From this perspective, the unfolding of the MCF strategy appears to be showing the aspects of the ‘radically’ reinforced top-down policy process during the Xi-era. In particular, the establishment of the CCMCFD certainly represents an organizational innovation, providing grounds for domestic and foreign observers to forecast the forceful execution – and success – of the policy. Then, does the MCF policy development since Xi Jinping’s assumption of office negate the validity of the FA model?

To put it simply, it is not possible to draw a conclusion from the current status of policy implementation. First, questions remain over the extent to which Xi’s attempts to redefine the problem and restructure the organizational configuration has brought about real changes to the policy implementation. Specifically, it is hardly clear whether or not the decentralized structure of authority has been eliminated. If we were to consider the inertia of the conventional system, it does not seem possible that the complex and intricately interwoven interests of the numerous “interest groups” involved can be coordinated easily. An example would be the reform of defense corporations, which is arguably the largest stakeholder of the MCF policy. The reform of state-owned enterprises at the end of the 1990s created a structure within the defense sector in which a dozen conglomerates control all the processes, from research and development to production to procurement, in each area such as shipbuilding, weapons, and aviation, among others.[7]The MCF policy is clearly a move that challenges this “independent system” of defense corporations, but as far as we can see from the specific policy measures at the current point in time, NDRC, SASAC, and the military, for example, do not appear to have unified preferences.[8]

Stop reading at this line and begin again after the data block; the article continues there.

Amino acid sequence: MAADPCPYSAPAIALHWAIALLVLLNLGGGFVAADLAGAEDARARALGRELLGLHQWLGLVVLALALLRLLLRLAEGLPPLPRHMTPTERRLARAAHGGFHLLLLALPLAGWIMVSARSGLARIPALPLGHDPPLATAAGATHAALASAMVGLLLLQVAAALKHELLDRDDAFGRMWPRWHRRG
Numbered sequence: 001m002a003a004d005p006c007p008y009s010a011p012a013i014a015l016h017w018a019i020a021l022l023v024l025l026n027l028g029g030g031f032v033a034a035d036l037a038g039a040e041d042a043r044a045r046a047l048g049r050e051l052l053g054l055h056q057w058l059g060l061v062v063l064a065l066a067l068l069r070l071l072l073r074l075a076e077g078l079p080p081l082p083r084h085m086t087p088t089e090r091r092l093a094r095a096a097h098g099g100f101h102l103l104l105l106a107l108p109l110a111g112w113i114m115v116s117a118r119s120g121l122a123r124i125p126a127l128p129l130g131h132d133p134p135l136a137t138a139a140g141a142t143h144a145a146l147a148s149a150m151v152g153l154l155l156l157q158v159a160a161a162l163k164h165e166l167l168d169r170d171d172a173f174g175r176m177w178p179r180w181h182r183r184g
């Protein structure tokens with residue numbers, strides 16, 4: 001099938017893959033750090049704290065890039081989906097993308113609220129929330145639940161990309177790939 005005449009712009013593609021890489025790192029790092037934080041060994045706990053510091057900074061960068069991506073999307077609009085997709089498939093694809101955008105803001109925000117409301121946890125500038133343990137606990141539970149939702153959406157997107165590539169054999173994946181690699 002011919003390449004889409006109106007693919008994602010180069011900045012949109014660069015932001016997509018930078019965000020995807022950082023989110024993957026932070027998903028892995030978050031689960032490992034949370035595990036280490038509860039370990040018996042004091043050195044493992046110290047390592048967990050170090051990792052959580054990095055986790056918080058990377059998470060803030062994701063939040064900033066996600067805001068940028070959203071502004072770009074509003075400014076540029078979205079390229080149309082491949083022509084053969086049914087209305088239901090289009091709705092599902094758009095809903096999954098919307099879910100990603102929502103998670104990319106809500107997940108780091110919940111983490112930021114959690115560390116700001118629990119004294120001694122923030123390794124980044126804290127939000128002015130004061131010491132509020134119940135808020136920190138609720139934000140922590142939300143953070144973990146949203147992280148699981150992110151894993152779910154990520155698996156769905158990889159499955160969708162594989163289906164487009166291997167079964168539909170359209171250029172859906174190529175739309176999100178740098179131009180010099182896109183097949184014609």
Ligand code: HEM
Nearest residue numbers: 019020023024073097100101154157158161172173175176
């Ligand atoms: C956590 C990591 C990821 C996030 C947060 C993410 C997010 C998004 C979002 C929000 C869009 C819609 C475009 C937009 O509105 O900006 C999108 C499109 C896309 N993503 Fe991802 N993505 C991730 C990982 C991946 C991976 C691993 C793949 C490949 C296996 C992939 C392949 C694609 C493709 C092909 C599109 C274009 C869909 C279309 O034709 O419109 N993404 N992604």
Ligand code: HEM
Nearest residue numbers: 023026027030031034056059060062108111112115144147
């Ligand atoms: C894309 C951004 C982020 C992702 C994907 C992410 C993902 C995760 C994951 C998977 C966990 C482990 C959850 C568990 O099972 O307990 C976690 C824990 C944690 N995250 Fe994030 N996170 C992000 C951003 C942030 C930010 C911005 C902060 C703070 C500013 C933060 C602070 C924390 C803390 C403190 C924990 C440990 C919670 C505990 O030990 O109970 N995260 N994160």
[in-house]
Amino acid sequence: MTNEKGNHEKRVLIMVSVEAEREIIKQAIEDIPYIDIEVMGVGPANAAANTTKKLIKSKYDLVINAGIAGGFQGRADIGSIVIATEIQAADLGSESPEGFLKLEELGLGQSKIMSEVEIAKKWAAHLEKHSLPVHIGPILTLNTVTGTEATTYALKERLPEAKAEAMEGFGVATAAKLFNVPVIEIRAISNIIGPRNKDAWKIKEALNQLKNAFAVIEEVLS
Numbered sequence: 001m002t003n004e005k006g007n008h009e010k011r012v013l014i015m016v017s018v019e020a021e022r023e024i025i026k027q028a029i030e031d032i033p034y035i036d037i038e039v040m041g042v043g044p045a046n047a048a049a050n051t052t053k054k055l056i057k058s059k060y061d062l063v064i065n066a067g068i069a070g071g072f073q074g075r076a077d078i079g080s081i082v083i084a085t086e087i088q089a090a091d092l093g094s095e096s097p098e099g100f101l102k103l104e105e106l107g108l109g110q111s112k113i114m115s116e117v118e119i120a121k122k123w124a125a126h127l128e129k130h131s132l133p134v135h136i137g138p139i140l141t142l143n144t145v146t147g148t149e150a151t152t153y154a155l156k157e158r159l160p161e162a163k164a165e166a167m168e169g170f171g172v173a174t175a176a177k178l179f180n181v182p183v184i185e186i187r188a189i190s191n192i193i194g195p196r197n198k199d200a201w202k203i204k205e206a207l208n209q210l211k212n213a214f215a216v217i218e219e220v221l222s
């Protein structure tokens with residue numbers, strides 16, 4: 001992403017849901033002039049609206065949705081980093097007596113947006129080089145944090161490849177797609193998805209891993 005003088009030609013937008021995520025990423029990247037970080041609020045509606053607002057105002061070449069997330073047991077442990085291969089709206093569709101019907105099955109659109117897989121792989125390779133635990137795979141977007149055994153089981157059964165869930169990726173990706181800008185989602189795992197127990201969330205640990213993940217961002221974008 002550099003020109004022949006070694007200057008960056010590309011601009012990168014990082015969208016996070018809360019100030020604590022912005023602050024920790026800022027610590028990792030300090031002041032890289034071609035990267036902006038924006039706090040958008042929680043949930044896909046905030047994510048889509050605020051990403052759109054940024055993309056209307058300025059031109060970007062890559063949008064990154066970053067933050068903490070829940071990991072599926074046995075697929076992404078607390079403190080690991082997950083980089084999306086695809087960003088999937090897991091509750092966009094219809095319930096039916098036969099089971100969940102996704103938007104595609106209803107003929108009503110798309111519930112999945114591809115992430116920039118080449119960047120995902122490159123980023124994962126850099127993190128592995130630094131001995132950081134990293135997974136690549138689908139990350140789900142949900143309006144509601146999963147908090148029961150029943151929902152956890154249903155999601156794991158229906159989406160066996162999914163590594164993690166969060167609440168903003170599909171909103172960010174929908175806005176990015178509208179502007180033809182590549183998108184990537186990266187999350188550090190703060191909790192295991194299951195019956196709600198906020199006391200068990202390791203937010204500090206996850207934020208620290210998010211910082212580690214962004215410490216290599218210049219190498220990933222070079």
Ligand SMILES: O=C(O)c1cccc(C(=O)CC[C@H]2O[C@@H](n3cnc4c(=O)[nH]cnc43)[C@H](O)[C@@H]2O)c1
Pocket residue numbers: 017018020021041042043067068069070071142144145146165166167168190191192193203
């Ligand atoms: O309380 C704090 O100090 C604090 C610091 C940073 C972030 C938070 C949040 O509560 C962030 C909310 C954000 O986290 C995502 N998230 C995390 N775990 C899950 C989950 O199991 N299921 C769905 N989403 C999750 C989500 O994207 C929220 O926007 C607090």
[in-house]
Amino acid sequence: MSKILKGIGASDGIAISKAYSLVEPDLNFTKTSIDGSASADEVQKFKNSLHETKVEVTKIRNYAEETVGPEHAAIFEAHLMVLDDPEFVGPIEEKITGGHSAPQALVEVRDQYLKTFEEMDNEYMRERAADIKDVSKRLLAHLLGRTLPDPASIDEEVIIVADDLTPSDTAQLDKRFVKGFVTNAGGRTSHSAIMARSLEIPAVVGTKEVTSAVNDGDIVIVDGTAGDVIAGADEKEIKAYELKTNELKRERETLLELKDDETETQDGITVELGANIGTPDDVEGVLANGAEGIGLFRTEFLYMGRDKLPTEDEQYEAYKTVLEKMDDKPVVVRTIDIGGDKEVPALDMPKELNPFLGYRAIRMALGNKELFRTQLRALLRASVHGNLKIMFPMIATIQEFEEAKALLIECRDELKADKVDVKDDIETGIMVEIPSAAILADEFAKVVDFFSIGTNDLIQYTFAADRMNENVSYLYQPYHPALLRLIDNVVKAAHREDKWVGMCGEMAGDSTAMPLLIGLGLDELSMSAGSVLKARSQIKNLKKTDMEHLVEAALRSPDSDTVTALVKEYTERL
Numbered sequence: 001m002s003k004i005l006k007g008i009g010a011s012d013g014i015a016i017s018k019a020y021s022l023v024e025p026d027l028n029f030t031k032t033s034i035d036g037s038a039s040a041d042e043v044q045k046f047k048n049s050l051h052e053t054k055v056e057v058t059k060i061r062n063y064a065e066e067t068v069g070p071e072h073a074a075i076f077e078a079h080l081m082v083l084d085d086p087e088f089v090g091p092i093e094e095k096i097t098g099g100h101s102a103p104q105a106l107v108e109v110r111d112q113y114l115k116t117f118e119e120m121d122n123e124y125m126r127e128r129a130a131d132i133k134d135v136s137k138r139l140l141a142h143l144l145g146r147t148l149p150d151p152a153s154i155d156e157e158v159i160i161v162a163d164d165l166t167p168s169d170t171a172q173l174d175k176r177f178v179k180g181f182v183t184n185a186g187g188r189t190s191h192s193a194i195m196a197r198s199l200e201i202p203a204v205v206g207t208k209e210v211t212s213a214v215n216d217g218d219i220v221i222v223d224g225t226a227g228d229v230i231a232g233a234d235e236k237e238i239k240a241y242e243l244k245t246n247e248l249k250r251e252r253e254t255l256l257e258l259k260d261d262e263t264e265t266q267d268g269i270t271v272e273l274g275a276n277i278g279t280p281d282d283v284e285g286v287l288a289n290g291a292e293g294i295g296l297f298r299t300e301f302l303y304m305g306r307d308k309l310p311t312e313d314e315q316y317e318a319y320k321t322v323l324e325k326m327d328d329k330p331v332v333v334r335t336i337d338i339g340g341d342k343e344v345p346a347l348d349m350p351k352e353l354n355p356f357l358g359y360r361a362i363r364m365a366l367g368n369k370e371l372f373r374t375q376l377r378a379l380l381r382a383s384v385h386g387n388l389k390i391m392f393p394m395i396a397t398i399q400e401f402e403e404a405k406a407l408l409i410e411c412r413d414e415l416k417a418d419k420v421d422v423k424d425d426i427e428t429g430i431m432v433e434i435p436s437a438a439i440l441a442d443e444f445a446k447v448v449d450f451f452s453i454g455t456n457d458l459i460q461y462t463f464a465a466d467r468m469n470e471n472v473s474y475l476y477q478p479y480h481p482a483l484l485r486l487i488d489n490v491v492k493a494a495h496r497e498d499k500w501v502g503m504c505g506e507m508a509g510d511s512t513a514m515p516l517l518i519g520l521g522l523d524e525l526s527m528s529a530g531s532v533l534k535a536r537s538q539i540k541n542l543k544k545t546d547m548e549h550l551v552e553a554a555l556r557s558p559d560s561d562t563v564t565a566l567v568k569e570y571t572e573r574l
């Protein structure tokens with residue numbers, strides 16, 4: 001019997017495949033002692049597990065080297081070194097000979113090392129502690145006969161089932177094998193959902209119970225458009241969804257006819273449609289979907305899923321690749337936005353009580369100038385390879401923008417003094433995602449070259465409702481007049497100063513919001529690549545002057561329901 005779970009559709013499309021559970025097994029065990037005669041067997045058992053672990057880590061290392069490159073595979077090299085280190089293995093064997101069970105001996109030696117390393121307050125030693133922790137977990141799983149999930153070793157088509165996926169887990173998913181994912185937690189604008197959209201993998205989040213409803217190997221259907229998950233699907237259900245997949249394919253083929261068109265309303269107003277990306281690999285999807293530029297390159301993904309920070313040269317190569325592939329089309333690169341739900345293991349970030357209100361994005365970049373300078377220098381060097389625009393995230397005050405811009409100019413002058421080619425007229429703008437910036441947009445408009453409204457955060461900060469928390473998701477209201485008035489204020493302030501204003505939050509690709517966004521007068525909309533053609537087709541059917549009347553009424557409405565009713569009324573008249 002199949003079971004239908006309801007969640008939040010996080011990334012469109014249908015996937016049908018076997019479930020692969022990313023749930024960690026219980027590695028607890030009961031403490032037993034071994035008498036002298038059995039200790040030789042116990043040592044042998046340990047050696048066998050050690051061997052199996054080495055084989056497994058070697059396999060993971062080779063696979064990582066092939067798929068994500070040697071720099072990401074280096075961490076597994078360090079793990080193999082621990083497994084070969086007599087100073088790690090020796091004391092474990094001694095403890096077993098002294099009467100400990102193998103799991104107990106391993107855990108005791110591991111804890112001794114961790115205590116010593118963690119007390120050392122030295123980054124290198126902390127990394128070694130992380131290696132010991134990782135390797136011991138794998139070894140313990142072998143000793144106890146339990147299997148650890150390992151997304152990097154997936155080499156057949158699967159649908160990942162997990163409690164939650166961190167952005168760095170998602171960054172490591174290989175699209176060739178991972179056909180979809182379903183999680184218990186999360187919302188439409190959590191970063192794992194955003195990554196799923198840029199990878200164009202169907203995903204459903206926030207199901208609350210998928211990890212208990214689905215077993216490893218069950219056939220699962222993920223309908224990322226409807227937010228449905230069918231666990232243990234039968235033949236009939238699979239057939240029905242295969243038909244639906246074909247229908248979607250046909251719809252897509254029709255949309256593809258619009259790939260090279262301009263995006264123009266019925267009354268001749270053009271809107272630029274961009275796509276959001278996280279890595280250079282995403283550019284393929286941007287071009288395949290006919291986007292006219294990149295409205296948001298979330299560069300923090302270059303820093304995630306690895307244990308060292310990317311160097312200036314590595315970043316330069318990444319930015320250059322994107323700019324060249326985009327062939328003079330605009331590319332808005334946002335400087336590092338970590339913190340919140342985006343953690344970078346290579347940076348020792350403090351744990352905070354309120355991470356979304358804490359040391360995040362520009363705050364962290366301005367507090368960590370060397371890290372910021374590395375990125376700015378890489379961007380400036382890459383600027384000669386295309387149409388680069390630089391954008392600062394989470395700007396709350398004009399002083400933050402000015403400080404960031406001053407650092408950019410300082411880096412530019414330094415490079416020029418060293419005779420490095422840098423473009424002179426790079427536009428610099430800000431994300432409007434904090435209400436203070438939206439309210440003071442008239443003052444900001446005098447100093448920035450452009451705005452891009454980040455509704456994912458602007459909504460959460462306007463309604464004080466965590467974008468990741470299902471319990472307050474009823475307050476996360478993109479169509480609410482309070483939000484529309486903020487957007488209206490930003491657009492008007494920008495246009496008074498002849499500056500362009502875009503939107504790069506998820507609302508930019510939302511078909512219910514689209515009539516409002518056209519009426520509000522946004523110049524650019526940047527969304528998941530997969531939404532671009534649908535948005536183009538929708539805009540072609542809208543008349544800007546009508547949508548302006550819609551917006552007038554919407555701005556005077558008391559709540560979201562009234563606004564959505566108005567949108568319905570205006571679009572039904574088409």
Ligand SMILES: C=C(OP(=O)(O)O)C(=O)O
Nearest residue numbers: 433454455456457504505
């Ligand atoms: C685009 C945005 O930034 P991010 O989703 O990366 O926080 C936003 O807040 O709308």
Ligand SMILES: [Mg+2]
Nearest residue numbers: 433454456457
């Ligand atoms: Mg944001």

Second, even if central defense corporations could be reformed,[9] there would still be the problem of how to integrate the regional expansion of the MCF policy as it spreads rapidly through the localities. If the strength of “the China model,” which Xi recently emphasizes in public, stems from the creative responses of the local governments, the central leadership may think that it would not be effective to impose regulations and strengthen controls indiscriminately. Thus, while it is likely that efforts will be made to align the preferences of the local leaders with the intents of the central policies as far as possible by preventing the overheating of the relevant businesses while offering the appropriate incentives, a common guideline on this has not yet been presented.